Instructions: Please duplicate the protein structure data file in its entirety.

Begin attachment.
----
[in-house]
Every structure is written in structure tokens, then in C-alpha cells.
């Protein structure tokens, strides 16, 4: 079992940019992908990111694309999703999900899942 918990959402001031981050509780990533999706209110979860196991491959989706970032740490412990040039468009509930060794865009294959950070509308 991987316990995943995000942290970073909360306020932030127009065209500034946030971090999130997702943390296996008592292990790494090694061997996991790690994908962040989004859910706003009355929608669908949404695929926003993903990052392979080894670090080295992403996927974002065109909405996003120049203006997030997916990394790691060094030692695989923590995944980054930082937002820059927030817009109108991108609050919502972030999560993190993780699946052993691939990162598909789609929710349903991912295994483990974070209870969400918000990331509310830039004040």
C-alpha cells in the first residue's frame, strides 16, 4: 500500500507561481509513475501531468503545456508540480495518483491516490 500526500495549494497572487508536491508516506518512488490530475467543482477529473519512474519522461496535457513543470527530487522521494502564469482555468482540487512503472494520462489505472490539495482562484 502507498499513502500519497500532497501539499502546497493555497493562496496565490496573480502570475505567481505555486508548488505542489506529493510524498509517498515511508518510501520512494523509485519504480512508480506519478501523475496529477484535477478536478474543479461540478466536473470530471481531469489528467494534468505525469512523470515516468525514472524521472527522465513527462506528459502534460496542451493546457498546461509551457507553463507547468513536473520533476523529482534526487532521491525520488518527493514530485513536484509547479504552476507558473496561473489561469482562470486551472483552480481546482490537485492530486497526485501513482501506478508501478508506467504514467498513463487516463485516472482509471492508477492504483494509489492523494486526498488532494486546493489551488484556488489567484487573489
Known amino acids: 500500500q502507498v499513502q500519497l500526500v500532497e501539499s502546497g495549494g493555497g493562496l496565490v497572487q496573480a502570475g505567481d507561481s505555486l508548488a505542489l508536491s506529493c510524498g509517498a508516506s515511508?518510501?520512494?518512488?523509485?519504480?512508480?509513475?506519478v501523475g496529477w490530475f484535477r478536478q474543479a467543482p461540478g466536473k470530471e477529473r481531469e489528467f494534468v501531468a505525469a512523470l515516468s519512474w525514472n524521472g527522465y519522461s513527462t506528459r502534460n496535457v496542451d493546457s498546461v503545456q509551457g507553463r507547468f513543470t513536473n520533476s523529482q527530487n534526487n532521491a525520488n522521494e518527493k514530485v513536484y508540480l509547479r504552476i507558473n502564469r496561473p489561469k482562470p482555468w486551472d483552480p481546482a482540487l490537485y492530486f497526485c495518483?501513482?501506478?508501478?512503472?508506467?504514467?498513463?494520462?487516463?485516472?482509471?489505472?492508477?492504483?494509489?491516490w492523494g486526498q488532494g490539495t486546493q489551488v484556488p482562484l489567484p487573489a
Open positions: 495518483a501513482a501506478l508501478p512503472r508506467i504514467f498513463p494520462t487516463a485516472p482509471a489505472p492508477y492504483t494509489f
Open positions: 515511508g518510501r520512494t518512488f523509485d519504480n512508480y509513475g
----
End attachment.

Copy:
[in-house]
Every structure is written in structure tokens, then in C-alpha cells.
């Protein structure tokens, strides 16, 4: 079992940019992908990111694309999703999900899942 918990959402001031981050509780990533999706209110979860196991491959989706970032740490412990040039468009509930060794865009294959950070509308 991987316990995943995000942290970073909360306020932030127009065209500034946030971090999130997702943390296996008592292990790494090694061997996991790690994908962040989004859910706003009355929608669908949404695929926003993903990052392979080894670090080295992403996927974002065109909405996003120049203006997030997916990394790691060094030692695989923590995944980054930082937002820059927030817009109108991108609050919502972030999560993190993780699946052993691939990162598909789609929710349903991912295994483990974070209870969400918000990331509310830039004040």
C-alpha cells in the first residue's frame, strides 16, 4: 500500500507561481509513475501531468503545456508540480495518483491516490 500526500495549494497572487508536491508516506518512488490530475467543482477529473519512474519522461496535457513543470527530487522521494502564469482555468482540487512503472494520462489505472490539495482562484 502507498499513502500519497500532497501539499502546497493555497493562496496565490496573480502570475505567481505555486508548488505542489506529493510524498509517498515511508518510501520512494523509485519504480512508480506519478501523475496529477484535477478536478474543479461540478466536473470530471481531469489528467494534468505525469512523470515516468525514472524521472527522465513527462506528459502534460496542451493546457498546461509551457507553463507547468513536473520533476523529482534526487532521491525520488518527493514530485513536484509547479504552476507558473496561473489561469482562470486551472483552480481546482490537485492530486497526485501513482501506478508501478508506467504514467498513463487516463485516472482509471492508477492504483494509489492523494486526498488532494486546493489551488484556488489567484487573489
Known amino acids: 500500500q502507498v499513502q500519497l500526500v500532497e501539499s502546497g495549494g493555497g493562496l496565490v497572487q496573480a502570475g505567481d507561481s505555486l508548488a505542489l508536491s506529493c510524498g509517498a508516506s515511508?518510501?520512494?518512488?523509485?519504480?512508480?509513475?506519478v501523475g496529477w490530475f484535477r478536478q474543479a467543482p461540478g466536473k470530471e477529473r481531469e489528467f494534468v501531468a505525469a512523470l515516468s519512474w525514472n524521472g527522465y519522461s513527462t506528459r502534460n496535457v496542451d493546457s498546461v503545456q509551457g507553463r507547468f513543470t513536473n520533476s523529482q527530487n534526487n532521491a525520488n522521494e518527493k514530485v513536484y508540480l509547479r504552476i507558473n502564469r496561473p489561469k482562470p482555468w486551472d483552480p481546482a482540487l490537485y492530486f497526485c495518483?501513482?501506478?508501478?512503472?508506467?504514467?498513463?494520462?487516463?485516472?482509471?489505472?492508477?492504483?494509489?491516490w492523494g486526498q488532494g490539495t486546493q489551488v484556488p482562484l489567484p487573489a
Open positions: 495518483a501513482a501506478l508501478p512503472r508506467i504514467f498513463p494520462t487516463a485516472p482509471a489505472p492508477y492504483t494509489f
Open positions: 515511508g518510501r520512494t518512488f523509485d519504480n512508480y509513475g